If there were more than two modes, it would be multimodal. The mode won't give you a central view of the data as the mean or median does. Sometimes, it will be a value from one extreme of the data range, but it can be very useful. For example, it will show what time of day a surgery is at its busiest, and therefore when it needs the most staff on-duty.

Images, and text abstracts taken from NLN Material - Mean, median, mode and standard deviation

Displaying the mode The mode, or modes, can be displayed visually on a graph or chart.

This bar chart shows the number of days patients have spent in hospital. The tallest bar is for three days, so this is the mode.

Here, the same number of patients stayed for three days as those who stayed for five days.

This graph is bimodal, because there are two most frequently occurring values.

This chart is multimodal because there are three most frequently occurring values.

This is because the same number of patients stayed for three days, five days and seven days.

Images, and text abstracts taken from NLN Material - Mean, median, mode and standard deviation

Standard deviation

These graphs show the waiting times for patients at different Accident & Emergency departments. Both have the same mean waiting time of 120 minutes, but the graph for Department A has a very steep curve while Department B has a more shallow curve. If you had to choose between these A&E departments, which would you choose? Would your chances of being seen after waiting for 120 minutes be better at Department A or Department B?

It is in answering questions like this that standard deviation is useful.

Images, and text abstracts taken from NLN Material - Mean, median, mode and standard deviation

Making sense of standard deviation Standard deviation, calculated using a complicated formula, is a measure of how tightly data is clustered around the mean. In most cases, standard deviation is calculated so that:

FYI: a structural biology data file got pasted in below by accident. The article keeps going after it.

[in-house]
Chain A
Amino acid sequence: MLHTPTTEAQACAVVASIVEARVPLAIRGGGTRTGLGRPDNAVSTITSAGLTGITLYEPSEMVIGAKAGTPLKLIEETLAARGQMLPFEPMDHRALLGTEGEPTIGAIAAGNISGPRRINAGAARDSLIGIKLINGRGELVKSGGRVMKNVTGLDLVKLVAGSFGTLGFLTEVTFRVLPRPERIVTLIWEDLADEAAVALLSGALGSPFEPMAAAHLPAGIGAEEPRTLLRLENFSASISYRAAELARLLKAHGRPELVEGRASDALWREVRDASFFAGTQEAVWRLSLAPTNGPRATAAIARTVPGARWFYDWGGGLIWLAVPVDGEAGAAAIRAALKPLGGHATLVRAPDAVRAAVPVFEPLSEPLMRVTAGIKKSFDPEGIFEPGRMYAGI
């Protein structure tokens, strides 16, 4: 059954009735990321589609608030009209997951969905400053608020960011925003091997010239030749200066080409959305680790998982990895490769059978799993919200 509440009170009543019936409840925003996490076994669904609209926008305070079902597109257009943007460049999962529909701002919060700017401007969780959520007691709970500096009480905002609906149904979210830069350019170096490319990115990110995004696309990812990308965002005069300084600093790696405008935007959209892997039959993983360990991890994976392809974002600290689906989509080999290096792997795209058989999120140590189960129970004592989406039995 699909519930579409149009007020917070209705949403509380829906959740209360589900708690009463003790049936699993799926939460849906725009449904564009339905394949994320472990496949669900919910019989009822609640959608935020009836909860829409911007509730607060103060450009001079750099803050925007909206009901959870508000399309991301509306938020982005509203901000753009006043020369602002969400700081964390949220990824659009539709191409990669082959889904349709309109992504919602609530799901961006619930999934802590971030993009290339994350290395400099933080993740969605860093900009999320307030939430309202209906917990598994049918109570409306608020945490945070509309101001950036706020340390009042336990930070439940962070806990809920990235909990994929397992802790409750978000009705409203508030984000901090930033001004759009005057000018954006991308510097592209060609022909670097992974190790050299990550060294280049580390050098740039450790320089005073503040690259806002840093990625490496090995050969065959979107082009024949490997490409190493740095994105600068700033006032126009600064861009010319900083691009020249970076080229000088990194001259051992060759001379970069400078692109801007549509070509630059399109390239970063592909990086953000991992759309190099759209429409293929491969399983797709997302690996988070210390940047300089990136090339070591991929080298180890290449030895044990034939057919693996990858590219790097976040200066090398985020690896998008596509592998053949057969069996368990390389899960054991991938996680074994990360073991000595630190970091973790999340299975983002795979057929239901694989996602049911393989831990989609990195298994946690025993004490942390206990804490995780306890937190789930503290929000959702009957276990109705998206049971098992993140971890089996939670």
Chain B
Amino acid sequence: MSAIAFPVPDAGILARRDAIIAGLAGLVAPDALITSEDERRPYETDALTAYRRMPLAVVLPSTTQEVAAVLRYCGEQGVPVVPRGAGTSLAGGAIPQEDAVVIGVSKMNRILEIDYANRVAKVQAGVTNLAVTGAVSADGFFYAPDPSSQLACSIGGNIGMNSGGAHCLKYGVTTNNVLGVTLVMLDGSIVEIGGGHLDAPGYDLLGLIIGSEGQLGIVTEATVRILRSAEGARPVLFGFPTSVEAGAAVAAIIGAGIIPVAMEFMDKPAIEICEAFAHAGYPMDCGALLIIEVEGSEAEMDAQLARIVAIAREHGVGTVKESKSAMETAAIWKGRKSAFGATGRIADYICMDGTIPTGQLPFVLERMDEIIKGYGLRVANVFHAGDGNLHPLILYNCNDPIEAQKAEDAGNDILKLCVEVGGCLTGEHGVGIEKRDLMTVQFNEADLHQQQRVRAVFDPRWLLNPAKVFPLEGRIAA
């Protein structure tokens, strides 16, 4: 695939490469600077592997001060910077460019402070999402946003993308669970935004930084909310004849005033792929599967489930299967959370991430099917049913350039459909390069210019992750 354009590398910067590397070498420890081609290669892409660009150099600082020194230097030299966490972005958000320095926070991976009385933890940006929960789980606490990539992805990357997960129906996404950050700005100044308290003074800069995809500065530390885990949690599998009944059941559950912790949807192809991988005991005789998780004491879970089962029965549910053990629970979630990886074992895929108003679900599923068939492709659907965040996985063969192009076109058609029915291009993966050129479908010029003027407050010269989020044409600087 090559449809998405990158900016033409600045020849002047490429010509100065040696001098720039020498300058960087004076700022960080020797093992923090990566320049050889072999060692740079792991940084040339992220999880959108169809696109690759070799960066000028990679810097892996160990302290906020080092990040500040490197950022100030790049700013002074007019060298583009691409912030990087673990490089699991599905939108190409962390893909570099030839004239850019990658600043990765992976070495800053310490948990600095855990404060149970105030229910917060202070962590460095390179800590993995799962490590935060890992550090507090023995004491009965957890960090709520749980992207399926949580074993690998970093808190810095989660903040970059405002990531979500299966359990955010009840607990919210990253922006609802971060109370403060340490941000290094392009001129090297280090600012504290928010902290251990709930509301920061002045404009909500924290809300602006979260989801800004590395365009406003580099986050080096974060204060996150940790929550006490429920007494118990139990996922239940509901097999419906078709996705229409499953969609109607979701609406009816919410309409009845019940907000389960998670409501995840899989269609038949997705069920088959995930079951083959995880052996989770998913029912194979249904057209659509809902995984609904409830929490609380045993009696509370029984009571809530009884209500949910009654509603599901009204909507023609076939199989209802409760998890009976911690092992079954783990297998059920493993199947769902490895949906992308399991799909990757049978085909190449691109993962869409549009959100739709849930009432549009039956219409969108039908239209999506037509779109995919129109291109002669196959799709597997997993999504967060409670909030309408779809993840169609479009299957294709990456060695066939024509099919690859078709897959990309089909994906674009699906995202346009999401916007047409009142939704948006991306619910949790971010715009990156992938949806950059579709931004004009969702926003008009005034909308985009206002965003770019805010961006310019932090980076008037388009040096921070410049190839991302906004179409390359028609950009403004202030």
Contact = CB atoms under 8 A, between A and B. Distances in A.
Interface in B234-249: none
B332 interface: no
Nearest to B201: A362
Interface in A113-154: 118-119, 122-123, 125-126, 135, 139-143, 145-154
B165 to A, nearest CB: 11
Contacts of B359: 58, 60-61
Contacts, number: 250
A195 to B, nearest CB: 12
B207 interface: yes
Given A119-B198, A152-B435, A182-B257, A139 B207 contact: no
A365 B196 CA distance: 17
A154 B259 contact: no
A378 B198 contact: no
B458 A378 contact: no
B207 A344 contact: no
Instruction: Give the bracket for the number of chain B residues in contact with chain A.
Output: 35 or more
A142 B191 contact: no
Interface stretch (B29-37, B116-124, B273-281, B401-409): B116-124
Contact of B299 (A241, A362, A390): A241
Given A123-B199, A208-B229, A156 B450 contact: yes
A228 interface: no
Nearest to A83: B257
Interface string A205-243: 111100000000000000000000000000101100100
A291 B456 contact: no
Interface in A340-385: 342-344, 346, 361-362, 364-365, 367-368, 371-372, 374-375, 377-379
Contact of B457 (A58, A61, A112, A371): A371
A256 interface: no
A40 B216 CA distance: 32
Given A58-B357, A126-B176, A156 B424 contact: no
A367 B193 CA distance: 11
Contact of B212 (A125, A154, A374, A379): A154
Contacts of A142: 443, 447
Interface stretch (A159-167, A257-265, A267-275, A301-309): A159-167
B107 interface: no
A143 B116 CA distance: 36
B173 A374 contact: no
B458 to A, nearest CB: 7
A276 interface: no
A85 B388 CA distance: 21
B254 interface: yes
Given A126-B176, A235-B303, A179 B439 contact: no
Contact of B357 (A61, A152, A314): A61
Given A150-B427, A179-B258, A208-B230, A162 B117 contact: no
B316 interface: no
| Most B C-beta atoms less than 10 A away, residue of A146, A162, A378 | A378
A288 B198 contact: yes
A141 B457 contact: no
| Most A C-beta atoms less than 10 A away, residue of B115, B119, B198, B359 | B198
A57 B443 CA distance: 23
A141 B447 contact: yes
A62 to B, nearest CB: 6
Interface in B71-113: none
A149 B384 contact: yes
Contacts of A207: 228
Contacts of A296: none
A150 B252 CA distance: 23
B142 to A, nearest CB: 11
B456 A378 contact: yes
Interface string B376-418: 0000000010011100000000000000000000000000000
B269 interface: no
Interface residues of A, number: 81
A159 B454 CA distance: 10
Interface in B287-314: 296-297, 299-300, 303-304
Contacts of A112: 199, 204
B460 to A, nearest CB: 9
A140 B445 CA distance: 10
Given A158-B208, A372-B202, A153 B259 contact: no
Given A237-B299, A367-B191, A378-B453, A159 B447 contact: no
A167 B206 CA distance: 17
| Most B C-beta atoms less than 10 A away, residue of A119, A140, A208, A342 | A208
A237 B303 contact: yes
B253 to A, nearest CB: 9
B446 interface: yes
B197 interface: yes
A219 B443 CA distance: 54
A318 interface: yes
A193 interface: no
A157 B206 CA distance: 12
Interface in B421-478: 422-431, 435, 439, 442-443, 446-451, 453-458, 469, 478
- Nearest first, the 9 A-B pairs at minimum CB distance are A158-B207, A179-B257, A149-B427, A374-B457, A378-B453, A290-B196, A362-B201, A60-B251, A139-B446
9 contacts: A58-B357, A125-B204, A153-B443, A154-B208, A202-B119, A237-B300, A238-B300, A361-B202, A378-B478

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One standard deviation is 68% of the sample Two standard deviations are 95% of the sample Three standard deviations are 99% of the sample

As you can see, the steeper the normal distribution curve on a graph, the smaller the standard deviation. In comparison, the shallow curve has a large standard deviation.

A small standard deviation shows that the data is clustered tightly around the mean.

Images, and text abstracts taken from NLN Material - Mean, median, mode and standard deviation

Revision Questions 1) Which of the following describes the term ‘bimodal’?
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The single most frequently occurring value The two most frequently occurring values The three or more most frequently occurring values The mean score is the same as the mode

2) What do you understand by the term 'mean'?
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The most frequently occurring value The middle value The average value The smallest value

3) Which of the following is a disadvantage of using the mean?
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Extreme values can distort it It is difficult to calculate It is not generally understood It is easily confused with the average

4) Which of the following is an advantage of using the median?
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The public understand it better than the mean or mode It is good at representing extreme data accurately You don’t need exact values to calculate it You don’t need to do any preparation before calculating it

5) What is the approximate percentage of the values that are between the mean score and one standard deviation above the mean?
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34% 68% 95% 99%

6) Here is the standard deviation (expressed in number of rings) from a mean response time of 3, of four telephone banking services. Which is the most reliable service?
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Service A - 6 rings Service B - 3 rings Service C - 7 rings Service D - 2 rings

Images, and text abstracts taken from NLN Material - Mean, median, mode and standard deviation